Hearthstone has always had larger-than-life characters leading the charge. Even from the game’s humble beginnings, monsters like King Krush and King Mukla were imposing minions that were clearly meant to be seen as large. As the game progressed bigger monsters turned up, but things took a turn for the enormous with the introduction of ‘Voyage Of The Sunken City'.
This expansion introduced the world to the Colossal mechanic, which brought the truly monstrous creatures in Warcraft's bestiary to life. Colossal is easily one of the most interesting mechanics to come with Voyage, and there is an awful lot to gush about. Let's dive right in.
What Is Colossal?
Colossal is essentially the summoning of multiple minions that represent one larger being. Your Colossal value (represented by +1, +2 etc.) determines how many additional ‘appendages’ that minion has. For example, Hydralodon is Colossal +2. You summon the Hydralodon minion, and then also gain two Hyrdalodon Heads that are completely independent of Hydrolodon.
The mechanic is very simple in practice, but there is some nuance to its application in practice.
Colossal Specific Interactions
Colossal works mostly like a regular summon with extra bits thrown in to make things a bit more convoluted. Firstly, Colossal minions are summoned Appendage first, and then any additional effects from the Colossal minion will take place.
Secondly, Colossal minions are unable to be randomly summoned - at all. This includes powerful spell cards like Evolve. They simply are not in the pool of available transformations.
You may have noticed that every appendage of a Colossal minion is uniquely different. This is purely cosmetic, and the card text is always the same across all appendages.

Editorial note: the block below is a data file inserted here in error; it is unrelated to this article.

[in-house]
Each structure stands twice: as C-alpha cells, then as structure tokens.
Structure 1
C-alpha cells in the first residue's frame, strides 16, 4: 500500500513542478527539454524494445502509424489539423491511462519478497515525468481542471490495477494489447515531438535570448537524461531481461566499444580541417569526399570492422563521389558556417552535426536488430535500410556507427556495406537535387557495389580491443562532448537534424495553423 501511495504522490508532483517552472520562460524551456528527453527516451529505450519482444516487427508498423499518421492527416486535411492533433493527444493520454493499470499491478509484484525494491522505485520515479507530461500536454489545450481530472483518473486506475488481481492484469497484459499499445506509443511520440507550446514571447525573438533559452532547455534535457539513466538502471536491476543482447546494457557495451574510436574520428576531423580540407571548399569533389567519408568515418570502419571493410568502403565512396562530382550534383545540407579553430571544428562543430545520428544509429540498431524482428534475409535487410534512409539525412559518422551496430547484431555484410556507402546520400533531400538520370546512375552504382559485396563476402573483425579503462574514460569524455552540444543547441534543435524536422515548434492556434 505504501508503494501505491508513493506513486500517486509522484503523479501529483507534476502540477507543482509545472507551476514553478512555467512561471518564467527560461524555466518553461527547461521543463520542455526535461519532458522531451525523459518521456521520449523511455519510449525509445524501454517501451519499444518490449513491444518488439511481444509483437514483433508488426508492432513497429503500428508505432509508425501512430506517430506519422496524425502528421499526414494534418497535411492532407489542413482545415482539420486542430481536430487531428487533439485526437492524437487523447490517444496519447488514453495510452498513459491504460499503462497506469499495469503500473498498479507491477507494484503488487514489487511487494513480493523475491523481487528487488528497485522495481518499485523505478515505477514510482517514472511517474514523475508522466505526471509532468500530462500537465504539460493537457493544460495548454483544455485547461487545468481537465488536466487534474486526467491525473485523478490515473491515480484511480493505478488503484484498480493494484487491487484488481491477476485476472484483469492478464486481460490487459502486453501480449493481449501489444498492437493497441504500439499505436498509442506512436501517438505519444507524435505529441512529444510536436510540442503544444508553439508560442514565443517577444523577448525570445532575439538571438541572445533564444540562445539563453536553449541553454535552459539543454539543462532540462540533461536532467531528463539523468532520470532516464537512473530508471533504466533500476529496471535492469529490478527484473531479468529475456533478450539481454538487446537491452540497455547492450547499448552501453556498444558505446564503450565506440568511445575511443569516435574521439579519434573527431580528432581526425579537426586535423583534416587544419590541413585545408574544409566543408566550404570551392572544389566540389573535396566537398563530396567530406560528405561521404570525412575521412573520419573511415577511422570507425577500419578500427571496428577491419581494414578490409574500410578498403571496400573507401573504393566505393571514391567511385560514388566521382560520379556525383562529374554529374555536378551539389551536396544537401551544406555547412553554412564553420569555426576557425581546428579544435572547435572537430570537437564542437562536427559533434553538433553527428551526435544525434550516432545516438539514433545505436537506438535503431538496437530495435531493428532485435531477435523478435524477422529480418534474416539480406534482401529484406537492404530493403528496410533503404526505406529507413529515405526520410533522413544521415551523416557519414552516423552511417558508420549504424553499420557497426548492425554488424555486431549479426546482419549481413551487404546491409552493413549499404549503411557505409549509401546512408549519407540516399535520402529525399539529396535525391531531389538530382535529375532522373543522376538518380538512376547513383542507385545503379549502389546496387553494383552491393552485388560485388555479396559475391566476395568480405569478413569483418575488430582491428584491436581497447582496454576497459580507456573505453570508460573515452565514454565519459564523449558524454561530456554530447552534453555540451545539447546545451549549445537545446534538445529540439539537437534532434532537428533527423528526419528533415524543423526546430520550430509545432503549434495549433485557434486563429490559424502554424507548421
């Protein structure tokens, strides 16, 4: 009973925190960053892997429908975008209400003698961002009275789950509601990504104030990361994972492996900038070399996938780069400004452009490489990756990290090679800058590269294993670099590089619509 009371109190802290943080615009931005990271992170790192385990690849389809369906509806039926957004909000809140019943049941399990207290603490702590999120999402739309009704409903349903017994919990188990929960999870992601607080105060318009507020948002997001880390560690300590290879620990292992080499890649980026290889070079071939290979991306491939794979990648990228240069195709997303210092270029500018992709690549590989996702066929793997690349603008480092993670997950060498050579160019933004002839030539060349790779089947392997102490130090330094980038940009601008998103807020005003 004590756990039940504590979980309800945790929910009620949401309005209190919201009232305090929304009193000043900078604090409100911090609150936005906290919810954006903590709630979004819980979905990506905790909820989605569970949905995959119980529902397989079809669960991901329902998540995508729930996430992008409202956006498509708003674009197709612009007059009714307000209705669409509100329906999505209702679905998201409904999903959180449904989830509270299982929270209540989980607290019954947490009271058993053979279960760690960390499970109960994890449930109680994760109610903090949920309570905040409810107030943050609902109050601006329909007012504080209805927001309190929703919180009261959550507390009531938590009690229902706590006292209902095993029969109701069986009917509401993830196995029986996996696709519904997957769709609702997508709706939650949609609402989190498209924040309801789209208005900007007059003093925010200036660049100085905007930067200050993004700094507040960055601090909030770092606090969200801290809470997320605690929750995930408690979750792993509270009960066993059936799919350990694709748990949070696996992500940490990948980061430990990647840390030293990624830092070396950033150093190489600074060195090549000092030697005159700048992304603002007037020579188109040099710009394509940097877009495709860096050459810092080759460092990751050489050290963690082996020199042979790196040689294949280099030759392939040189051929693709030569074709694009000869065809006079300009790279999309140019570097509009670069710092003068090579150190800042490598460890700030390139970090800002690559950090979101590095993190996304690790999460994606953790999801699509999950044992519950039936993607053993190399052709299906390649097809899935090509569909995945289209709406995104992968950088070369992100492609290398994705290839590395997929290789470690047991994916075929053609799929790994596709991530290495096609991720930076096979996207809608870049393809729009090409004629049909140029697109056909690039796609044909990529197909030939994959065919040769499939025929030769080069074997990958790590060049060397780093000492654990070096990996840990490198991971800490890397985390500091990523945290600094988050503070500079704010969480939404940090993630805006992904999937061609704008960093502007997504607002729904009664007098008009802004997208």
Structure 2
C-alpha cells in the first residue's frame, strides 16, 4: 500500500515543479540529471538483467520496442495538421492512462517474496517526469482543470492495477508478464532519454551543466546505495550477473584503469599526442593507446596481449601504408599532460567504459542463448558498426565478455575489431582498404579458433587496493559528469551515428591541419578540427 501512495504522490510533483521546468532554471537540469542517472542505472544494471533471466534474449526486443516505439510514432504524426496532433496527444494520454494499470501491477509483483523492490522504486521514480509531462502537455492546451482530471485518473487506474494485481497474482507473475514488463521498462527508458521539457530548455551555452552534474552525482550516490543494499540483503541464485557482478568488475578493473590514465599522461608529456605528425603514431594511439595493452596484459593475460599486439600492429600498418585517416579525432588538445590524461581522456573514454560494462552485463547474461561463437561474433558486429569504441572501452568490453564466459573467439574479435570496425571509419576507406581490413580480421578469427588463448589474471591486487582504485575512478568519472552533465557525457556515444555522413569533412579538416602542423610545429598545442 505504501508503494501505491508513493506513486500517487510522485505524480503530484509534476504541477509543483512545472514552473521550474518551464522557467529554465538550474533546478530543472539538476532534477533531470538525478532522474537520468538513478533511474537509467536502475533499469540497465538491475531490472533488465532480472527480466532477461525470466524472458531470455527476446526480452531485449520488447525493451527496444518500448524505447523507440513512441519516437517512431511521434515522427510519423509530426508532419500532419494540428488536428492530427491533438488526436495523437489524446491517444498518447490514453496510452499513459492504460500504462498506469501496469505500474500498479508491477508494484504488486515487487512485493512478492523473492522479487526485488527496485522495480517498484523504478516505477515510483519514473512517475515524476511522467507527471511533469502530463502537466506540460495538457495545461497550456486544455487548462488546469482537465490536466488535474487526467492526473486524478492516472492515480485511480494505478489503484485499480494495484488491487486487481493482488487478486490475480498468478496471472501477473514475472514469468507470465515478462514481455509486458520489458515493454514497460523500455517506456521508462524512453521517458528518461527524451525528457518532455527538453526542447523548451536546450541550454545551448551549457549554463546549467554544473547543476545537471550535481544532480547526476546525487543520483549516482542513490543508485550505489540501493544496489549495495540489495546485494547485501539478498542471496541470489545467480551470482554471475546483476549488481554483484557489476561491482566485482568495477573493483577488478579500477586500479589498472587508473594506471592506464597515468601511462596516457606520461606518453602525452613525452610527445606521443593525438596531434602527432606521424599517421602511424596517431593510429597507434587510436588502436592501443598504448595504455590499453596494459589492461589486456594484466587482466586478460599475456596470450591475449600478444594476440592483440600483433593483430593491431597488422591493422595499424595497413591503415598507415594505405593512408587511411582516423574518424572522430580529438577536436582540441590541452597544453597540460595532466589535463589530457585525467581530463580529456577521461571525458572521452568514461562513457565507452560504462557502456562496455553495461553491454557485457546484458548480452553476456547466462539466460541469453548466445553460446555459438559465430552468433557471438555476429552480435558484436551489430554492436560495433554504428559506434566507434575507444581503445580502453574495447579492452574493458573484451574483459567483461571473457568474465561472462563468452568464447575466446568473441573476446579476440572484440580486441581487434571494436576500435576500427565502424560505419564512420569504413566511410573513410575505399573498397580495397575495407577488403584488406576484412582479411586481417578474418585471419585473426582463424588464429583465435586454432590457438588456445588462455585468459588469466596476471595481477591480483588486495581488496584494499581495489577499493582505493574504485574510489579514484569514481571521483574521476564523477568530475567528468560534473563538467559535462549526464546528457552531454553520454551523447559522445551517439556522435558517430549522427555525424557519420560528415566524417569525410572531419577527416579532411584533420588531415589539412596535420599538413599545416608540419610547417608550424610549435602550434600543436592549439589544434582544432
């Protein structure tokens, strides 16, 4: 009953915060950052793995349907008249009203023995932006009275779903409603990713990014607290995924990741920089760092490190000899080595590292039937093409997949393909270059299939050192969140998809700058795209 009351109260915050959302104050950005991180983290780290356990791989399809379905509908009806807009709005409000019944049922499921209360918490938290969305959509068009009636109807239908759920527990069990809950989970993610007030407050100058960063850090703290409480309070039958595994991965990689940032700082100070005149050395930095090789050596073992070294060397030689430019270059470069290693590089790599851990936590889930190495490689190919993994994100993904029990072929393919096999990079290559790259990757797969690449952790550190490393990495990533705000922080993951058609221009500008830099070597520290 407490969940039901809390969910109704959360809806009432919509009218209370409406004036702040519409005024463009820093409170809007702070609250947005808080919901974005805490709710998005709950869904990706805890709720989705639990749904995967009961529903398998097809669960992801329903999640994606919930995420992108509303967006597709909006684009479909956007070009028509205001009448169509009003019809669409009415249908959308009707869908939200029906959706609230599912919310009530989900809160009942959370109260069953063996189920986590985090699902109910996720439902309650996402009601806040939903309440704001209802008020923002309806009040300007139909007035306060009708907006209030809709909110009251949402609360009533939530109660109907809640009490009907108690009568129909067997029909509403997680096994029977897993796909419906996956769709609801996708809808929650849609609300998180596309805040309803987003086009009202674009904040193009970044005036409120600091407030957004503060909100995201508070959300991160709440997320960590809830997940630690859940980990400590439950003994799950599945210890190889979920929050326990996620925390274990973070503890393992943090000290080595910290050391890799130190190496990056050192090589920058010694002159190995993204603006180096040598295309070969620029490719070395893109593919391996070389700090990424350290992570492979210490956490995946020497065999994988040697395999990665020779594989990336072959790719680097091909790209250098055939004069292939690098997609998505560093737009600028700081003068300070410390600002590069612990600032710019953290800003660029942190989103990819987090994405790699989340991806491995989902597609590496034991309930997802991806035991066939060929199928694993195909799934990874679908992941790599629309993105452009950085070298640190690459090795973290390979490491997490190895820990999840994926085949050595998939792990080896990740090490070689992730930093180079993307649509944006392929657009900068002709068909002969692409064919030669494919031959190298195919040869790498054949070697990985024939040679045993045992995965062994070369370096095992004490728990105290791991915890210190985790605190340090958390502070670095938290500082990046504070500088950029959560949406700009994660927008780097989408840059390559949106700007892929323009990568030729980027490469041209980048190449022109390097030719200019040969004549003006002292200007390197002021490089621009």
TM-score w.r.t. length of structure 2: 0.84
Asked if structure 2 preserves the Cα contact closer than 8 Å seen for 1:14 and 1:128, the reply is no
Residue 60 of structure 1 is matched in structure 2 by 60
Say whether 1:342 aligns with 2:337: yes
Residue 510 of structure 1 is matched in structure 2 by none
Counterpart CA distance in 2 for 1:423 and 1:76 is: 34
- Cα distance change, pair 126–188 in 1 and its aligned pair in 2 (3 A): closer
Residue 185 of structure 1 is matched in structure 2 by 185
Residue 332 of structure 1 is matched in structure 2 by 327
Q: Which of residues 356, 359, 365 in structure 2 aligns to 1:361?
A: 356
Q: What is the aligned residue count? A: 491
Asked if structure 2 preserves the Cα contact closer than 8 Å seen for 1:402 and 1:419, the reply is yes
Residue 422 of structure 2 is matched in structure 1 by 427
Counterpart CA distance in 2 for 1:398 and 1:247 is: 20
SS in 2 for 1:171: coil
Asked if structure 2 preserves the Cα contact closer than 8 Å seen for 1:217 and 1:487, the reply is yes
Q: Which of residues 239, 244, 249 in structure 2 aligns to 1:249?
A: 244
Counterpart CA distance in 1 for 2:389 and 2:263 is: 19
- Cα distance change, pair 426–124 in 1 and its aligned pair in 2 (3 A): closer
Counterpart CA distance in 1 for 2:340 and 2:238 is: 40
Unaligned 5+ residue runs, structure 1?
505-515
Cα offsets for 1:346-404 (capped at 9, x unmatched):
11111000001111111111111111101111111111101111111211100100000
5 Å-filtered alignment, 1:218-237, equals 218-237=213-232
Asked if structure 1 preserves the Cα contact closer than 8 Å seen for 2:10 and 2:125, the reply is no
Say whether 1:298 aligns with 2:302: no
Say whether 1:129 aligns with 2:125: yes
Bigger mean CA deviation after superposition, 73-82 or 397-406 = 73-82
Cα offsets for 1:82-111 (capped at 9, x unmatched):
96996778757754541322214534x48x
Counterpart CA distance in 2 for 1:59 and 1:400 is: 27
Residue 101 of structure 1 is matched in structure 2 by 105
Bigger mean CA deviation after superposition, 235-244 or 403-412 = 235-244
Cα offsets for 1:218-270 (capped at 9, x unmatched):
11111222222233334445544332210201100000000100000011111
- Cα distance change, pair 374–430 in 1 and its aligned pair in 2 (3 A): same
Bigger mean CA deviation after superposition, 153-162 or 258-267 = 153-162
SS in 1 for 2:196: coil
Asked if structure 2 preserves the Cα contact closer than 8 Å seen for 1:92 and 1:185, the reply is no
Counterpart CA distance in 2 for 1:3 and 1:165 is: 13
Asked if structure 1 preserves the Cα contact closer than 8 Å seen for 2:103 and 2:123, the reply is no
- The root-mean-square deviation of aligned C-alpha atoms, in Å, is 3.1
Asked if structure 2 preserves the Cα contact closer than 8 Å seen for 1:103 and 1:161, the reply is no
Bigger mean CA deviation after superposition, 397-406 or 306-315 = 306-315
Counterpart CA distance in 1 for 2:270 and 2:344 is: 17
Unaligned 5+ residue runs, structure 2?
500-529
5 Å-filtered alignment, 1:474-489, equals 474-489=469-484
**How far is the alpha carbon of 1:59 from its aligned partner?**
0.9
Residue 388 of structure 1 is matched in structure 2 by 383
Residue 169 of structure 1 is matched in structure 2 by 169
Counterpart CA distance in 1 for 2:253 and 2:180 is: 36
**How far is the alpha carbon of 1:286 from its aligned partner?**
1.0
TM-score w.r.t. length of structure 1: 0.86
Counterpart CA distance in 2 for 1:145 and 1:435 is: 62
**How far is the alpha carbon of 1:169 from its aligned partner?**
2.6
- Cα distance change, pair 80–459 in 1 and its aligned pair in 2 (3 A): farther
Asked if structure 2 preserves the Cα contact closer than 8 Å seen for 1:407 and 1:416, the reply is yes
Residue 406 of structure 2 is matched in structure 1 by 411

Finally, Colossal minions can be killed like any other creature, and the death of the main minion will not result in the death of its appendages - they are fully independent minions that will continue to fight until they are defeated too.
The Best Way To Use Colossal
Colossal minions are exclusively powerful, expensive cards. They have decent stats across the board, and their ability to bring up to six additional minions (in the case of Ozumat) is more than enough to gain some form of board control. You play a Colossal minion, and the game will certainly start to shift towards your favour - especially when you are using some of the best minions. The aforementioned Hydralodon is one such game changer.
Colossal minions also interact with a few other cards that mostly aid in the drawing or creation of Colossal cards. These cards are excellent for pulling these monstrous beasts into your hand, and if you are running Colossals, you should consider making room for some of these powerful combo cards too.
Downsides Of Colossal
The biggest downside to Colossal cards is their cost. They range anywhere from 6 to 10 Mana a pop. This can make them rather slow to play. Not to mention the Appendages tend to be on the weaker side of things, making them very susceptible to AOE removal.
Not only that, they don’t really offer much protection despite their size. In fact, only two Colossal cards in the entire game have access to Taunt - and not all of them have the ability to interact the turn they are played. Even the ones that do are mostly limited to Rush (which is a pretty good ability in all honesty). This makes Colossal cards a serious investment that can not always pay off depending on which one you bring to the table.
Finally, if you have a full board already, you can’t really play Colossal minions. Well, you CAN, but you lose out on some value if you can’t fit them all on the board. This is more of an issue with cards like Ozumat or Xhilag Of The Abyss, but even ‘smaller’ Colossals, like Hydralodon, can suffer from this due to their unique mechanics. In fact, some of these Colossals can over-flood your board making it harder to get out more powerful/impactful minions.
Next: Hearthstone: What Is Dredge?